# I What was the value of the permeability constant in 1865?

#### avicenna

What is the value of the permeability constant in 1865, the time when Maxwell's theory was first published? What was the experimental method used to determine the constant. Who did the experiment.

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Mentor

#### avicenna

https://en.wikipedia.org/wiki/Oliver_Heaviside
Nothing there.

It is said Maxwell discovered that the speed of radiation v = 1/√(μ₀ ε₀) and v happened to be near the known speed of light then. So in 1865, there should be an accepted value of μ₀. But google gives no clue at all. Why so difficult to trace history of permeability constant?

#### jtbell

Mentor
Maxwell didn't actually use the equation $v = \frac 1 {\sqrt {\mu_0 \epsilon_0}}$. That equation uses SI units which hadn't been codified in Maxwell's day. He used a different set of units, and indeed different names for many electromagnetic quantities. The equation we use nowadays should be considered a modern "translation" or "interpretation" of Maxwell's calculations. For what it's worth, you can see what Maxwell actually wrote when he calculated the theoretical speed of his electromagnetic waves:

https://en.wikisource.org/wiki/Page:Philosophical_magazine_23_series_4.djvu/38

#### avicenna

Maxwell didn't actually use the equation $v = \frac 1 {\sqrt {\mu_0 \epsilon_0}}$. That equation uses SI units which hadn't been codified in Maxwell's day. He used a different set of units, and indeed different names for many electromagnetic quantities. The equation we use nowadays should be considered a modern "translation" or "interpretation" of Maxwell's calculations. For what it's worth, you can see what Maxwell actually wrote when he calculated the theoretical speed of his electromagnetic waves:

https://en.wikisource.org/wiki/Page:Philosophical_magazine_23_series_4.djvu/38
OK. The original derivation of radiation speed is too difficult for me. I don't really know how our modern EM speed derivation may be related or compared to Maxwell's original.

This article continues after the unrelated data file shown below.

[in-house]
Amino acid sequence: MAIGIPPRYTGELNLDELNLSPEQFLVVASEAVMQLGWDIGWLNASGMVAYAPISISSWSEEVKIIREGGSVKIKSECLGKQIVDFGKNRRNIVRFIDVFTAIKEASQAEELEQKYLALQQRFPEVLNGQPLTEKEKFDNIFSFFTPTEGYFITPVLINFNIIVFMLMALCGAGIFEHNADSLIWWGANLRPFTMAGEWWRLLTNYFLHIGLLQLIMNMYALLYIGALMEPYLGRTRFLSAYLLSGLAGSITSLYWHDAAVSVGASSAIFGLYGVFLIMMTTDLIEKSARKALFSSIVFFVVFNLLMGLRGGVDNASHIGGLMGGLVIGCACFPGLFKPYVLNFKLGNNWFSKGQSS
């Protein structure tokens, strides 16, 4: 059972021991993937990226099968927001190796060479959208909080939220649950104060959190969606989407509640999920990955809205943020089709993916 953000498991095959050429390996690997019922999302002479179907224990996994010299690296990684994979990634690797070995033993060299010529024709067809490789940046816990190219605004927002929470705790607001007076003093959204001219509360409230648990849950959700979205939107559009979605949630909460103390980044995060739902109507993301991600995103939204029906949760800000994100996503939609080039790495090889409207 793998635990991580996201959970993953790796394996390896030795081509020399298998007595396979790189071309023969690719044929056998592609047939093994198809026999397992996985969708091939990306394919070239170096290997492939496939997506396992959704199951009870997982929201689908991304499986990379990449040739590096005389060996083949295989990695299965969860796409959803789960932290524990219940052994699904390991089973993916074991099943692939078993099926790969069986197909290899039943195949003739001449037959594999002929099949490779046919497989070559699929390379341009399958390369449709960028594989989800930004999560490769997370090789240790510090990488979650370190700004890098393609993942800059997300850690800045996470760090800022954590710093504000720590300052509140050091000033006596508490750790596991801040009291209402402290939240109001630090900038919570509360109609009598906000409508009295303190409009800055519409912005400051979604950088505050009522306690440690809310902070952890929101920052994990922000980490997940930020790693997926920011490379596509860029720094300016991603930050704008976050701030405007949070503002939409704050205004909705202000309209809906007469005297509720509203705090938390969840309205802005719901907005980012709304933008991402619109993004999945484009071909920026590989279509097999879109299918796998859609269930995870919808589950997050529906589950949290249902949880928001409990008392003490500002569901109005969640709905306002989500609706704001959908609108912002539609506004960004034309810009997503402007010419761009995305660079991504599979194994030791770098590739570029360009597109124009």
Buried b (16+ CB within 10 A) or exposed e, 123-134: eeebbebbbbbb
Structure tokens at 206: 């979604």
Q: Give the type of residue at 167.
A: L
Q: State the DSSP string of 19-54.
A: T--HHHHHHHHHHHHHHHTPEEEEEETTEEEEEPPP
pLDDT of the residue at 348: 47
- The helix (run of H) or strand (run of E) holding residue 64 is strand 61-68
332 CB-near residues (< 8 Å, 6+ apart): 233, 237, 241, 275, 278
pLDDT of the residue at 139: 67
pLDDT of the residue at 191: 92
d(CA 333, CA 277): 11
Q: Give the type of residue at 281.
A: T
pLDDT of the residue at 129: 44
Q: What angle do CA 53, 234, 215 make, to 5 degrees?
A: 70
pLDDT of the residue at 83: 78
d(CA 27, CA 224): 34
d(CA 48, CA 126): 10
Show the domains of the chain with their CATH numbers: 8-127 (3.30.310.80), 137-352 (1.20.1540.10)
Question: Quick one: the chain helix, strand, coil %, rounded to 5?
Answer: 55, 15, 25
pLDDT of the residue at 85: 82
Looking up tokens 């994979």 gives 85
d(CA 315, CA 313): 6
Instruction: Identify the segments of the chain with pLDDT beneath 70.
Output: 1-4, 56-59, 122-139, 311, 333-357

#### tech99

Gold Member
OK. The original derivation of radiation speed is too difficult for me. I don't really know how our modern EM speed derivation may be related or compared to Maxwell's original.
In the cgs system in use at that time (and also when I was at school) there are two sets of units, emu and esu. The emu is current (charge x velocity) necessary to produce a force of 1 dyne between two conductors, and the esu is the charge necessary to produce a force of 1 dyne between two charges, all spaced 1cm. For a vacuum, permeability and permittivity were defined as 1. Maxwell noticed that the ratio of these two units was about equal to 3 x 10^8 m/s, which is c.

#### avicenna

In the cgs system in use at that time (and also when I was at school) there are two sets of units, emu and esu. The emu is current (charge x velocity) necessary to produce a force of 1 dyne between two conductors, and the esu is the charge necessary to produce a force of 1 dyne between two charges, all spaced 1cm. For a vacuum, permeability and permittivity were defined as 1. Maxwell noticed that the ratio of these two units was about equal to 3 x 10^8 m/s, which is c.
Great! Very helpful. Though I don't understand it now, this is the hint if I want to investigate further. I do know that the force between currents in conductors is related to the magnetic field and thus to permeability. The other is simply related to permittivity.

"What was the value of the permeability constant in 1865?"

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